Presentation on theme: "Manager ethics CORPORATE AND SOCIAL RESPONSIBILITY Slovak University of Technology Faculty of Material Science and Technology in Trnava."— Presentation transcript:
Manager ethics CORPORATE AND SOCIAL RESPONSIBILITY Slovak University of Technology Faculty of Material Science and Technology in Trnava
Corporate and social responsibility Corporate and social responsibility is defined as „a concept whereby companies integrate social and environmental concerns into their business operations and in their interaction with their stakeholders, on a voluntary basis.“
Preliminary definitions of CSR The impact of a company’s actions on society Requires a manager to consider his acts in terms of a whole social system, and holds him responsible for the effects of his acts anywhere in that system
Corporate social responsibility Corporate social responsibility (CSR) was defined by the European Commission as a concept whereby companies integrate social and environmental concerns in their business operations and in their interaction with their stakeholders on a voluntary basis.
Three aspects of the social dimension of corporate social responsibility: Internal aspects: human resource management, health and safety at work, business ethics, adaptation to change, and organisational learning - requires participation of workers or their representatives.
Three aspects of the social dimension of corporate social responsibility: External local: local corporate citizenship - requires cooperation with business partners, local authorities and local NGOs. External worldwide: human rights, global environmental concerns, safety and health in supply companies, corporate citizenship worldwide - requires communication with consumers, investors, globally operating NGOs, etc.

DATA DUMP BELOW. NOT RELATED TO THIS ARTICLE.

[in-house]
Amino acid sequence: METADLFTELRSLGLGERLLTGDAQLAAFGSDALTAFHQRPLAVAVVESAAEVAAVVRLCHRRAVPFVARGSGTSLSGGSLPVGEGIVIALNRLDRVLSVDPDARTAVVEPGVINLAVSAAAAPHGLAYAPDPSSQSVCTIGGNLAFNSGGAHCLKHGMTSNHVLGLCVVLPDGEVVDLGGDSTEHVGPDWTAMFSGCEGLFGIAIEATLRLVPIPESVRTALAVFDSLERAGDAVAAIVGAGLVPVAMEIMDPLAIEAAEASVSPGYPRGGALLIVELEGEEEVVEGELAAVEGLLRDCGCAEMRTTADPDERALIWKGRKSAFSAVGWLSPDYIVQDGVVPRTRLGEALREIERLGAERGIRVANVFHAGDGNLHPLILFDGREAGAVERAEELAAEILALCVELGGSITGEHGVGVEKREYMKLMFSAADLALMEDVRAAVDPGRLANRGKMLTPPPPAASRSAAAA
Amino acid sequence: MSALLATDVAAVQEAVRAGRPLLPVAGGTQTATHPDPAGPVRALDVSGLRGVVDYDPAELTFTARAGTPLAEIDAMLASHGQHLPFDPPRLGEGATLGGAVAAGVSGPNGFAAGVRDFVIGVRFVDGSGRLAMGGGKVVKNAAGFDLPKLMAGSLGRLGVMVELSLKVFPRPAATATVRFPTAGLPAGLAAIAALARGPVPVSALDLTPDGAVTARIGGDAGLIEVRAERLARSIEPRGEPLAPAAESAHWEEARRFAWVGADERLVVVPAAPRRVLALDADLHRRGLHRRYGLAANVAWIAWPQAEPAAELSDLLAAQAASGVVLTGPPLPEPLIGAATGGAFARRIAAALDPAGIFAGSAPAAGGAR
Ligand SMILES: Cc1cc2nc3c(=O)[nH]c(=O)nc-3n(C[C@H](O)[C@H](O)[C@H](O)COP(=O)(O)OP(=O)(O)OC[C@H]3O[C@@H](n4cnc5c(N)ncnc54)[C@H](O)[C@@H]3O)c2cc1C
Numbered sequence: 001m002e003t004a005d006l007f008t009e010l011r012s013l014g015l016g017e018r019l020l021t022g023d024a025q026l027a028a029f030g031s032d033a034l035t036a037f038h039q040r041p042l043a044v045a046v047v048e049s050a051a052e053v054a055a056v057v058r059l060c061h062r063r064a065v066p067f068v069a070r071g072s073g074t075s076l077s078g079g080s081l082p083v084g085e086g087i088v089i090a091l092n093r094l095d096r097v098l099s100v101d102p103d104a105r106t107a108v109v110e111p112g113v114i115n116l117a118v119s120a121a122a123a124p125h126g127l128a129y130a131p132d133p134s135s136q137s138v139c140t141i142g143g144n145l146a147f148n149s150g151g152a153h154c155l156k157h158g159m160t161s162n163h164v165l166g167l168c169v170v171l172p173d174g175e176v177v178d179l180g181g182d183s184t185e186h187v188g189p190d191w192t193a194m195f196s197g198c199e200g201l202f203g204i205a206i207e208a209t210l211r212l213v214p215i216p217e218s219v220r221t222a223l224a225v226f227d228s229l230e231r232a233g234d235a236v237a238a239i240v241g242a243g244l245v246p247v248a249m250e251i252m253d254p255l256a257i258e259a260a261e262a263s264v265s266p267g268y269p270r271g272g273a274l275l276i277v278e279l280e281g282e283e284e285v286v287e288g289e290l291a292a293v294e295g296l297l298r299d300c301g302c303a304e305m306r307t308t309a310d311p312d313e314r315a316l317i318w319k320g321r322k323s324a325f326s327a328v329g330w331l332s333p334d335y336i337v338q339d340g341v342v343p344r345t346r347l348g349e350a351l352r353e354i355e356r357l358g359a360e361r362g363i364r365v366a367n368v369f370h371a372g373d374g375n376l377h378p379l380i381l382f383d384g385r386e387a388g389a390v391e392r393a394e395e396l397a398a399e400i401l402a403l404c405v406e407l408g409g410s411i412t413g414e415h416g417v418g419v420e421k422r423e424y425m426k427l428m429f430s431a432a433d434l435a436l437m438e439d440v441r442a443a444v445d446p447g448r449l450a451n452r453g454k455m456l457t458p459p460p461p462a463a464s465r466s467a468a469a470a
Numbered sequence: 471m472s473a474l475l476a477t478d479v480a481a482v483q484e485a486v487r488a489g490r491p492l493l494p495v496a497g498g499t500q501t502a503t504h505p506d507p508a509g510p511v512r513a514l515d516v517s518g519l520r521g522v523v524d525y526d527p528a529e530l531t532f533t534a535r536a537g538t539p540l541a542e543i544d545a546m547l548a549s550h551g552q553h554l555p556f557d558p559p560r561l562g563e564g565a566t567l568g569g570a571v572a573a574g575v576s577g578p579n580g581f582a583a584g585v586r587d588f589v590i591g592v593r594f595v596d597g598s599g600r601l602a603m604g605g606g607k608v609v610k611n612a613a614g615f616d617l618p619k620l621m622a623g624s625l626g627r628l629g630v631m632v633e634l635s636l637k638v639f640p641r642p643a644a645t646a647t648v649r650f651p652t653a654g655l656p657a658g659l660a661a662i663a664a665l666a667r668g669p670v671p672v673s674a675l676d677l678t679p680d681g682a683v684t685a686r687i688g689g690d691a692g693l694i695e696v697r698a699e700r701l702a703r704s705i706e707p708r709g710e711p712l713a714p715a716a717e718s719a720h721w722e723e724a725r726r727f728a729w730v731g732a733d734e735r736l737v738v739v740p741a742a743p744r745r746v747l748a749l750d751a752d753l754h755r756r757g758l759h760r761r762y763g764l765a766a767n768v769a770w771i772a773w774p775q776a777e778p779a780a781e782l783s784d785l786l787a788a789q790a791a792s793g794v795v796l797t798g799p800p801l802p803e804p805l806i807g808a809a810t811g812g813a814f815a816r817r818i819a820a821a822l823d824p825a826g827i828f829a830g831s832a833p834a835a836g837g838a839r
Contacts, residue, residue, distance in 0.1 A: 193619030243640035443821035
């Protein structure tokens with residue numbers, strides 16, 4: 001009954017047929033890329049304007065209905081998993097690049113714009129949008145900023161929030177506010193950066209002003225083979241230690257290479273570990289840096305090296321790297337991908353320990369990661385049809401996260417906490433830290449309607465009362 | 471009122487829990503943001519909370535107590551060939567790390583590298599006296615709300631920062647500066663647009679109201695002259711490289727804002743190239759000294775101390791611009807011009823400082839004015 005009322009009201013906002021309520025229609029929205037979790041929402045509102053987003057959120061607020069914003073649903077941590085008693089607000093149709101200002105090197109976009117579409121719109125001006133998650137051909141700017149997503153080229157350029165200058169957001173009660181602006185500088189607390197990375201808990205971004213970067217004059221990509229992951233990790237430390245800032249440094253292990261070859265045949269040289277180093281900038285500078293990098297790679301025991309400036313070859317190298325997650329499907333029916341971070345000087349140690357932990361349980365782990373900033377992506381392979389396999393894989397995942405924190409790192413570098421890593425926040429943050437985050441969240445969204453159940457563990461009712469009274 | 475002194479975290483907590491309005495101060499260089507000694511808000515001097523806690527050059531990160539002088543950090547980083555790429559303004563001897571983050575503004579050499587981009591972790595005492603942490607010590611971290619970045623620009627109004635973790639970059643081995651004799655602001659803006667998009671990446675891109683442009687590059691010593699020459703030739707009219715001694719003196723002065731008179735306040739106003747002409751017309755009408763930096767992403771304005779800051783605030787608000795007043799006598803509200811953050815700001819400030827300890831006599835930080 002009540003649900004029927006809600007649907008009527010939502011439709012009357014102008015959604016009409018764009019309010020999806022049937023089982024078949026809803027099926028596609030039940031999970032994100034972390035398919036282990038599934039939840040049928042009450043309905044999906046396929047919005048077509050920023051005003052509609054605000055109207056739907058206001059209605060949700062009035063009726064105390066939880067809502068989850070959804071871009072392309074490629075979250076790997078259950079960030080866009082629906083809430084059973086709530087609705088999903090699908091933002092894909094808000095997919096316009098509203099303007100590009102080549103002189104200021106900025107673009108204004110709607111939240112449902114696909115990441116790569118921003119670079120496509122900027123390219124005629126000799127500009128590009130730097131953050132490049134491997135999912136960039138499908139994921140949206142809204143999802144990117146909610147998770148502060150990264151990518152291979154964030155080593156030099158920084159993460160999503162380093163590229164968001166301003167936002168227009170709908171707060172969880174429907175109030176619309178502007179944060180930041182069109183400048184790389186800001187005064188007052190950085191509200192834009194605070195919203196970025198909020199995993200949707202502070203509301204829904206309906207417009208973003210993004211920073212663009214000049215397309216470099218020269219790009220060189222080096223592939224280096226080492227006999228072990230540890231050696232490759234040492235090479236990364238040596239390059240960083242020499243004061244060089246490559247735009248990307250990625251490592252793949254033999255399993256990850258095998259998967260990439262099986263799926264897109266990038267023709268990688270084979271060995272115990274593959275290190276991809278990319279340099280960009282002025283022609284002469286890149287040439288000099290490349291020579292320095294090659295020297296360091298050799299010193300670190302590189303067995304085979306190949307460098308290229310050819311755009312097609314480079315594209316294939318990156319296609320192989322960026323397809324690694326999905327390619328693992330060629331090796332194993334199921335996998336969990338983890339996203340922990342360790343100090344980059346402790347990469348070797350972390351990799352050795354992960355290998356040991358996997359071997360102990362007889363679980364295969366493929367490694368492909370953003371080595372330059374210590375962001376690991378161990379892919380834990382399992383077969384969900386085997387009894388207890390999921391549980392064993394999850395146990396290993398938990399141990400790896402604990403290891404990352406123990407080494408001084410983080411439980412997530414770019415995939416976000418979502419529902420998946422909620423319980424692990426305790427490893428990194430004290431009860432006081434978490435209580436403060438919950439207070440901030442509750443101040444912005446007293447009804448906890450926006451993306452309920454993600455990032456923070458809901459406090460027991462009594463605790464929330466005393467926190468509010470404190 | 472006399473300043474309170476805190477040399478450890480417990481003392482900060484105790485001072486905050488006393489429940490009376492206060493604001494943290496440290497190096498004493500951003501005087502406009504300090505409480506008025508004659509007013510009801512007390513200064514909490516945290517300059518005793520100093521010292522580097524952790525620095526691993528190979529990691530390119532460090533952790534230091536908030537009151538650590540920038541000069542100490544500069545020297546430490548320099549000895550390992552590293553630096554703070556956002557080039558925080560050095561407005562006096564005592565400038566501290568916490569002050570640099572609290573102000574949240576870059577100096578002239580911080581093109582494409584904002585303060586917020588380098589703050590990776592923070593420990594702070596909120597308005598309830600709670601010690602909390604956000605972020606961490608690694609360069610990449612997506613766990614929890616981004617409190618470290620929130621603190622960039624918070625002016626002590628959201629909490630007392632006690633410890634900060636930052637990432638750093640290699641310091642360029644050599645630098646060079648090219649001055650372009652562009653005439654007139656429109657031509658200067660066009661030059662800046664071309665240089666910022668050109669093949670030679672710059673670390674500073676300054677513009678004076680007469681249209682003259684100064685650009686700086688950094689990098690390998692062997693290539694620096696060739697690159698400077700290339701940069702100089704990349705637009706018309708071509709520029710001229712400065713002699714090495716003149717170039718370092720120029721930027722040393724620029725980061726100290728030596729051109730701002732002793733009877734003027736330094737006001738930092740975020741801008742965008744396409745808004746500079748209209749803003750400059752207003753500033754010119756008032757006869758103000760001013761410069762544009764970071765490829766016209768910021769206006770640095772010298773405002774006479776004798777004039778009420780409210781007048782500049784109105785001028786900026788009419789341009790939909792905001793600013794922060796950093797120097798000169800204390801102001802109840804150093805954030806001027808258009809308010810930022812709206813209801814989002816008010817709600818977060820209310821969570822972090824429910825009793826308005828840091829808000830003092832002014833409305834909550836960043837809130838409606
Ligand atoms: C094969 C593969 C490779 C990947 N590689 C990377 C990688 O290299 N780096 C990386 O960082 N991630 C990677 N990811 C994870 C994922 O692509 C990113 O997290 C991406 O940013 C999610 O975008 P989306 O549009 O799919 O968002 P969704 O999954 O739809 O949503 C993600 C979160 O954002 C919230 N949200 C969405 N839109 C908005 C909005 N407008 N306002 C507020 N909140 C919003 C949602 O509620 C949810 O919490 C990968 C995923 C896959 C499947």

Carroll’s Four Part Definition CSR encompasses the economic, legal, ethical and discretionary (philanthropic) expectations that society has of organizations at a given point in time.
Carroll’s Four Part Definition ResponsibilitySocietal Expectation Examples EconomicRequiredBe profitable. Maximize sales, minimize costs, etc. LegalRequiredObey laws and regulations. EthicalExpectedDo what is right, fair and just. Discretionary (Philanthropic) Desired/ Expected Be a good corporate citizen.
Arguments Against CSR: Restricts the free market goal of profit maximization Business is not equipped to handle social activities Dilutes the primary aim of business Increase business power Limits the ability to compete in a global marketplace
Arguments For CSR: Addresses social issues business caused and allows business to be part of the solution Protects business self-interest Limits future government intervention Addresses issues by using business resources and expertise Addresses issues by being proactive
Key Components of CSR: Governance, Ethics and Management Practices Community Involvement Health and Safety Human Resource Management Human Rights Customer Satisfaction and Relations Environmental Performance Supplier relations Respect for Aboriginal peoples
Inter-governmental CSR initiatives ILO’s Tripartite Declaration OECD Guidelines for multinational enterprises UN Global Compact European Commission: Green paper, communication, and multi-stakeholder forum on CSR UN Sub-Commission on Human Rights: Norms concerning the responsibility of transnational corporations International Finance Corporation (IFC) of the World Bank Group
Triple Bottom Line… 1. Environmental 2. Social 3. Economic "The triple bottom line is becoming an imperative. Environmental and social responsibility should beat at the heart of every business leader„ Anita Roddick
CSR Standards, Guidelines and Regulation: Forest Stewardship Council Race to the Top SA8000 Marine Stewardship Council European Commission White Paper on Corporate Social Responsibility Soil Association Organic Standard UN Global Compact Investors in People Global Reporting Initiative
CSR Standards, Guidelines and Regulation: AA1000 Assurance Standard UN World Summits UN Convention on Biodiversity ISO14001, EMAS OECD Guidelines for Multinational Enterprises Ethical Trading Initiative London Benchmarking Group DEFRA Environmental Reporting Guidelines
Most Important Thing a Company Can Do to Be Seen as Socially Responsible?